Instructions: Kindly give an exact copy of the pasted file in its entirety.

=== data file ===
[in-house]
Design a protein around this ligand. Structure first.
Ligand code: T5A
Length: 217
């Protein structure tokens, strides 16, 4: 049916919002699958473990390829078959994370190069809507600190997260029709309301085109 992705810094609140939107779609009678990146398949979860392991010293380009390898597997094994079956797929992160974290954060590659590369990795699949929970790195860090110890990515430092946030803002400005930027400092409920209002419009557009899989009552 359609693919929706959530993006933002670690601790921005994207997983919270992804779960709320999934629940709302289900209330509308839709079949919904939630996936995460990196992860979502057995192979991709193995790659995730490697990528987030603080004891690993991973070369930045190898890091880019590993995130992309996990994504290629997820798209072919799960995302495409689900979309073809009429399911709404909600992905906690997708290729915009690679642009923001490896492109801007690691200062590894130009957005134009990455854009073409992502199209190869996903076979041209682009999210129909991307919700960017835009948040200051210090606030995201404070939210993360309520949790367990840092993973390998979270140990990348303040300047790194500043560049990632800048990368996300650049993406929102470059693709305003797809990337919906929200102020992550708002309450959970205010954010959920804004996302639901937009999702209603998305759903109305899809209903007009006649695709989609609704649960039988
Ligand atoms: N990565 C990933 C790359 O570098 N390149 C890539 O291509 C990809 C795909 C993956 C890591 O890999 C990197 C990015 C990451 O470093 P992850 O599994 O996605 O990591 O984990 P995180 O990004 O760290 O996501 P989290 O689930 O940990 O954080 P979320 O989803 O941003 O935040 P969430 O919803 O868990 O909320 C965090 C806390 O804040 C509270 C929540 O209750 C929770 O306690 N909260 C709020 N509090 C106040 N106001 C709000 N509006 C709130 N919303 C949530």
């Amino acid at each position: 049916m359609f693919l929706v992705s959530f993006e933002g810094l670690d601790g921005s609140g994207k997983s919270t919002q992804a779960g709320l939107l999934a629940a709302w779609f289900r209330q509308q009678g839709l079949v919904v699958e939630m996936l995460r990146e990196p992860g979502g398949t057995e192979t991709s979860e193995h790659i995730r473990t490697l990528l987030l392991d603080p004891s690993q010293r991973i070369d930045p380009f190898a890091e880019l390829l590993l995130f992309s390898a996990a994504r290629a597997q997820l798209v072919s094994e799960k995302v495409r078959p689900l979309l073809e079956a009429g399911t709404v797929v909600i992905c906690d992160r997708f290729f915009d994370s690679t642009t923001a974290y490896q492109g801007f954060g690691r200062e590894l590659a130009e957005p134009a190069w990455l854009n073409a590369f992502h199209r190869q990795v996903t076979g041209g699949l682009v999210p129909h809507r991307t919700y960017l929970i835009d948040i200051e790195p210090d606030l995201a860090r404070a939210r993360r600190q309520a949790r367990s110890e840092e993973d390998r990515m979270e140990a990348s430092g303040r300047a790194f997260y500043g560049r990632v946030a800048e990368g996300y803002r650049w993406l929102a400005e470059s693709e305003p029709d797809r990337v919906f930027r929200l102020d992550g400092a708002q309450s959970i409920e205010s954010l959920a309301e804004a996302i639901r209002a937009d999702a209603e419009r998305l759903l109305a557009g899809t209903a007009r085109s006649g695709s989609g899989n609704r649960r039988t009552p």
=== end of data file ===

[in-house]
Design a protein around this ligand. Structure first.
Ligand code: T5A
Length: 217
């Protein structure tokens, strides 16, 4: 049916919002699958473990390829078959994370190069809507600190997260029709309301085109 992705810094609140939107779609009678990146398949979860392991010293380009390898597997094994079956797929992160974290954060590659590369990795699949929970790195860090110890990515430092946030803002400005930027400092409920209002419009557009899989009552 359609693919929706959530993006933002670690601790921005994207997983919270992804779960709320999934629940709302289900209330509308839709079949919904939630996936995460990196992860979502057995192979991709193995790659995730490697990528987030603080004891690993991973070369930045190898890091880019590993995130992309996990994504290629997820798209072919799960995302495409689900979309073809009429399911709404909600992905906690997708290729915009690679642009923001490896492109801007690691200062590894130009957005134009990455854009073409992502199209190869996903076979041209682009999210129909991307919700960017835009948040200051210090606030995201404070939210993360309520949790367990840092993973390998979270140990990348303040300047790194500043560049990632800048990368996300650049993406929102470059693709305003797809990337919906929200102020992550708002309450959970205010954010959920804004996302639901937009999702209603998305759903109305899809209903007009006649695709989609609704649960039988
Ligand atoms: N990565 C990933 C790359 O570098 N390149 C890539 O291509 C990809 C795909 C993956 C890591 O890999 C990197 C990015 C990451 O470093 P992850 O599994 O996605 O990591 O984990 P995180 O990004 O760290 O996501 P989290 O689930 O940990 O954080 P979320 O989803 O941003 O935040 P969430 O919803 O868990 O909320 C965090 C806390 O804040 C509270 C929540 O209750 C929770 O306690 N909260 C709020 N509090 C106040 N106001 C709000 N509006 C709130 N919303 C949530």
């Amino acid at each position: 049916m359609f693919l929706v992705s959530f993006e933002g810094l670690d601790g921005s609140g994207k997983s919270t919002q992804a779960g709320l939107l999934a629940a709302w779609f289900r209330q509308q009678g839709l079949v919904v699958e939630m996936l995460r990146e990196p992860g979502g398949t057995e192979t991709s979860e193995h790659i995730r473990t490697l990528l987030l392991d603080p004891s690993q010293r991973i070369d930045p380009f190898a890091e880019l390829l590993l995130f992309s390898a996990a994504r290629a597997q997820l798209v072919s094994e799960k995302v495409r078959p689900l979309l073809e079956a009429g399911t709404v797929v909600i992905c906690d992160r997708f290729f915009d994370s690679t642009t923001a974290y490896q492109g801007f954060g690691r200062e590894l590659a130009e957005p134009a190069w990455l854009n073409a590369f992502h199209r190869q990795v996903t076979g041209g699949l682009v999210p129909h809507r991307t919700y960017l929970i835009d948040i200051e790195p210090d606030l995201a860090r404070a939210r993360r600190q309520a949790r367990s110890e840092e993973d390998r990515m979270e140990a990348s430092g303040r300047a790194f997260y500043g560049r990632v946030a800048e990368g996300y803002r650049w993406l929102a400005e470059s693709e305003p029709d797809r990337v919906f930027r929200l102020d992550g400092a708002q309450s959970i409920e205010s954010l959920a309301e804004a996302i639901r209002a937009d999702a209603e419009r998305l759903l109305a557009g899809t209903a007009r085109s006649g695709s989609g899989n609704r649960r039988t009552p």